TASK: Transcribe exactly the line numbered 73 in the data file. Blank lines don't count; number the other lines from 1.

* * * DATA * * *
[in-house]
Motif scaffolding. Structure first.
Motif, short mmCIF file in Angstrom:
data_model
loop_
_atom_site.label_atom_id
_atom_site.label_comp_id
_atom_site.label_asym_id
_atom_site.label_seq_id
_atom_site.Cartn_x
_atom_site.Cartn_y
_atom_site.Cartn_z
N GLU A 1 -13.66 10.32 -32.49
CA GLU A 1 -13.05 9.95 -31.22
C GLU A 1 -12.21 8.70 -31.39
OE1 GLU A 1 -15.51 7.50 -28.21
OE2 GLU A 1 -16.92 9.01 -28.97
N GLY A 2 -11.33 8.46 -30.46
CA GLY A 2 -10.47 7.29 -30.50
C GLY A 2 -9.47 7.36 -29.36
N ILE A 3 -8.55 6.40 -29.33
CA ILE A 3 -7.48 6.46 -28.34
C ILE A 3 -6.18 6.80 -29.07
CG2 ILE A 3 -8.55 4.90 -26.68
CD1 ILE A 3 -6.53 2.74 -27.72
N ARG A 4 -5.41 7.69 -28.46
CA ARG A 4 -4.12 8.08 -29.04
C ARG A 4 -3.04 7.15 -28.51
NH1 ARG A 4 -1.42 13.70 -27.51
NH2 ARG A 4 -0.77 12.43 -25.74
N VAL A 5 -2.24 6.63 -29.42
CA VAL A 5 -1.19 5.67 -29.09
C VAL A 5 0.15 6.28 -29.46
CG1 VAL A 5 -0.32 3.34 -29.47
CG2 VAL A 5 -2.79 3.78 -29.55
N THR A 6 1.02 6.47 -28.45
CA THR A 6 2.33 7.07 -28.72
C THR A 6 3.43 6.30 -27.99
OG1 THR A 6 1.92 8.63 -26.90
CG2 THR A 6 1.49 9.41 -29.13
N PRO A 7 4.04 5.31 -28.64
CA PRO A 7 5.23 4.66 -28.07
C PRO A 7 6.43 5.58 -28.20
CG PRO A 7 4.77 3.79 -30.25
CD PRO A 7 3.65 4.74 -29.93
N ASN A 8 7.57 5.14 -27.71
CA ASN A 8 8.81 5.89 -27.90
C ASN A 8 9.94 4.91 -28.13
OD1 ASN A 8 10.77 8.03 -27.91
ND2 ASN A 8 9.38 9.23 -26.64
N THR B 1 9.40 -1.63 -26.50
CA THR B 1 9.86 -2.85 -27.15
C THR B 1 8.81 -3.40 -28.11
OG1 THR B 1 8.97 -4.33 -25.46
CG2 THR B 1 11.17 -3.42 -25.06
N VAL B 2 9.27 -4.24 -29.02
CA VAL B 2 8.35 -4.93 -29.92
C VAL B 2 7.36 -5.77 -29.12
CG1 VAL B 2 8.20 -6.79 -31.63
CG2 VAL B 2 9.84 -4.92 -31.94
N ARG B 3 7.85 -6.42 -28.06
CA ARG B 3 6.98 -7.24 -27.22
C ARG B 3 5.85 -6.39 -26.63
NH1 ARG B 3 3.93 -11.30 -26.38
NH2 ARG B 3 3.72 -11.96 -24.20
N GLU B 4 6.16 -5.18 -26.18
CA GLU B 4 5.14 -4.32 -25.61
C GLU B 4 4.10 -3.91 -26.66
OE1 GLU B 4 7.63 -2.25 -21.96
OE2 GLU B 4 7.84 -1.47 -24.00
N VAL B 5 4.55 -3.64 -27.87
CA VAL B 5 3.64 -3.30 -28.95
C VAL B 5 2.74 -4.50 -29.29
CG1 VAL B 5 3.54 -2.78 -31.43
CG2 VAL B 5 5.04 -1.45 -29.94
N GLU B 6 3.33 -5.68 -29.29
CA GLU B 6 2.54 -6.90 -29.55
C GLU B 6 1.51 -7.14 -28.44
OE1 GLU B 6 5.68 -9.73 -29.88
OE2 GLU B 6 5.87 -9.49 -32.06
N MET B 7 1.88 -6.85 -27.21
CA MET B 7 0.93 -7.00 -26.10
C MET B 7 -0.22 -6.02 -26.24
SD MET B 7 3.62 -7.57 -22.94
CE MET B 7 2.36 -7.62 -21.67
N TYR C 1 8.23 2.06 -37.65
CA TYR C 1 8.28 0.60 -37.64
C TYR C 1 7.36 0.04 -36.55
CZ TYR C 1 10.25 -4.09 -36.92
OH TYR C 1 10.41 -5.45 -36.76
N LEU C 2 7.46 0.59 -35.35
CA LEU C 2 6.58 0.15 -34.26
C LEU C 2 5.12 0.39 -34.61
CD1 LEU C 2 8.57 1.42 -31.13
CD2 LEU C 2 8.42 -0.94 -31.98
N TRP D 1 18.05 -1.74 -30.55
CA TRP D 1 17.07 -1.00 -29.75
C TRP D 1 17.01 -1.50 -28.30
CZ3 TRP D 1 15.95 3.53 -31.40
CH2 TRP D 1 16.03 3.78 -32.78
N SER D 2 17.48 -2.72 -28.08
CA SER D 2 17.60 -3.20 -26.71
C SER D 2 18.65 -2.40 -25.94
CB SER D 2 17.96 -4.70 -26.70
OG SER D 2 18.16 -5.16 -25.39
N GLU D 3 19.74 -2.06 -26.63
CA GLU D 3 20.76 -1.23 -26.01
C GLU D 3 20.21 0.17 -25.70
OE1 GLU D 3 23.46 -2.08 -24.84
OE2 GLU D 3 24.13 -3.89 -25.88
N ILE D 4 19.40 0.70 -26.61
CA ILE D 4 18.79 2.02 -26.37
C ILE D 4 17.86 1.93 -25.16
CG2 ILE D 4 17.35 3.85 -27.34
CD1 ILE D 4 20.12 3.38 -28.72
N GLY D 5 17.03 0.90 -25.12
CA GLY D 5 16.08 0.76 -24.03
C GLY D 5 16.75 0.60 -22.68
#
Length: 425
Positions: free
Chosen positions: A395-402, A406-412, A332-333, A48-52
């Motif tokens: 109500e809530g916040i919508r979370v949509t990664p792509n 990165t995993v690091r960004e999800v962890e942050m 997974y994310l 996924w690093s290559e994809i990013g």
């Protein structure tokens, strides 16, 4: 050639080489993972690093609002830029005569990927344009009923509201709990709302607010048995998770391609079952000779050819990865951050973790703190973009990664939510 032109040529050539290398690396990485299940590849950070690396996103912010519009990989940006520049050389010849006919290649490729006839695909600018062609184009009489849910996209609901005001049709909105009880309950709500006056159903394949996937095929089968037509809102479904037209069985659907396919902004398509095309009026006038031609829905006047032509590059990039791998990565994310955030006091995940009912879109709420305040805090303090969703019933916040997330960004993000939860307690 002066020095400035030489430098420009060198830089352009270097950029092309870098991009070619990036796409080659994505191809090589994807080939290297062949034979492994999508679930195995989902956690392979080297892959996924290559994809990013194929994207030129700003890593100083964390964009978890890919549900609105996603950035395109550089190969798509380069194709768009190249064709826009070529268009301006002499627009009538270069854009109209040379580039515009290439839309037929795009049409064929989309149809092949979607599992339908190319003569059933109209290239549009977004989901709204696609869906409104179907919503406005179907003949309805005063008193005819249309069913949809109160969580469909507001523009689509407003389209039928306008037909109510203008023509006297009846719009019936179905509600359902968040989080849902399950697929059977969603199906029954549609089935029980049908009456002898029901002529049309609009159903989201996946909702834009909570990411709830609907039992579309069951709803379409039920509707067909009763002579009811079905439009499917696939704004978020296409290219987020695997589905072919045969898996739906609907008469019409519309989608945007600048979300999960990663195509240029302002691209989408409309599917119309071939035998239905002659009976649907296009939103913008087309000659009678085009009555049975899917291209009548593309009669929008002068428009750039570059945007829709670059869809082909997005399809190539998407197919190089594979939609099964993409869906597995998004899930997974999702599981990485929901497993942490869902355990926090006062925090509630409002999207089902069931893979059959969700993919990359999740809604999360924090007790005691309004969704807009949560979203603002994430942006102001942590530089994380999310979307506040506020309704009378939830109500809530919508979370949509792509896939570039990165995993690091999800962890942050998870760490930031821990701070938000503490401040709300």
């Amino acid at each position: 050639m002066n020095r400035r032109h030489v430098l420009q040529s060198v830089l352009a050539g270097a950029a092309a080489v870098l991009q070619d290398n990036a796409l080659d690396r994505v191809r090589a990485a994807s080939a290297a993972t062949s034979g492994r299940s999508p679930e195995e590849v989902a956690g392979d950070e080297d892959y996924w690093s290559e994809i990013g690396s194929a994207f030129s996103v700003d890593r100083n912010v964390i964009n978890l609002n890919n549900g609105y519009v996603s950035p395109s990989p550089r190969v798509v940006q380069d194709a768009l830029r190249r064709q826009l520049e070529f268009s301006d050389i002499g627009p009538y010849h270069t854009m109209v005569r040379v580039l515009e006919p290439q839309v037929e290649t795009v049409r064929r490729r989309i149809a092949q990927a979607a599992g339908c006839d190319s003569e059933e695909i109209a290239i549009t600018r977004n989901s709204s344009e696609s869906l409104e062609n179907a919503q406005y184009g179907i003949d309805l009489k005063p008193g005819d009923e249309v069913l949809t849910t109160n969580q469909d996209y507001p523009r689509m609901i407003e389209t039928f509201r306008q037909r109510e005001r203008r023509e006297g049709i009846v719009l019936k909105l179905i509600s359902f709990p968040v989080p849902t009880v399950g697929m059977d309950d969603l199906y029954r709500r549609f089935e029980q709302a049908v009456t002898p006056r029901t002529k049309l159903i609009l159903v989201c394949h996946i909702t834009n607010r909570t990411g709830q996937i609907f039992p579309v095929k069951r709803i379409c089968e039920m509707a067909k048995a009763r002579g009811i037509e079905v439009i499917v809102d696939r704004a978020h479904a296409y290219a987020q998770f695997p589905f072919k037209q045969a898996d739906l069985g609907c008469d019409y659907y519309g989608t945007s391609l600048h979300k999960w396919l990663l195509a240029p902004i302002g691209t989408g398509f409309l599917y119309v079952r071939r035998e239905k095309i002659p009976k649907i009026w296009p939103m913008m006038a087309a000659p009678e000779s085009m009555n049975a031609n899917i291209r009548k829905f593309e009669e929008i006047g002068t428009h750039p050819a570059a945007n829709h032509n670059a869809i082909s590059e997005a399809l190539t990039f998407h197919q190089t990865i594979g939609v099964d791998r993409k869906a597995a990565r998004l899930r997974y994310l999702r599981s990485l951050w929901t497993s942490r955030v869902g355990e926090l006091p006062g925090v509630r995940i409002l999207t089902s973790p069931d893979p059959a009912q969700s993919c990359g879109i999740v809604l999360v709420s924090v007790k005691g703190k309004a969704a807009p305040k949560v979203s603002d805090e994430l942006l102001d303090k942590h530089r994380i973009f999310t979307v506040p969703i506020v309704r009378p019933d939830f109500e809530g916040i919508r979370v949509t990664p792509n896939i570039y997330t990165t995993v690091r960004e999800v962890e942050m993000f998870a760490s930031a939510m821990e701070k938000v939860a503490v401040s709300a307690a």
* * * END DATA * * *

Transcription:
C VAL B 5 2.74 -4.50 -29.29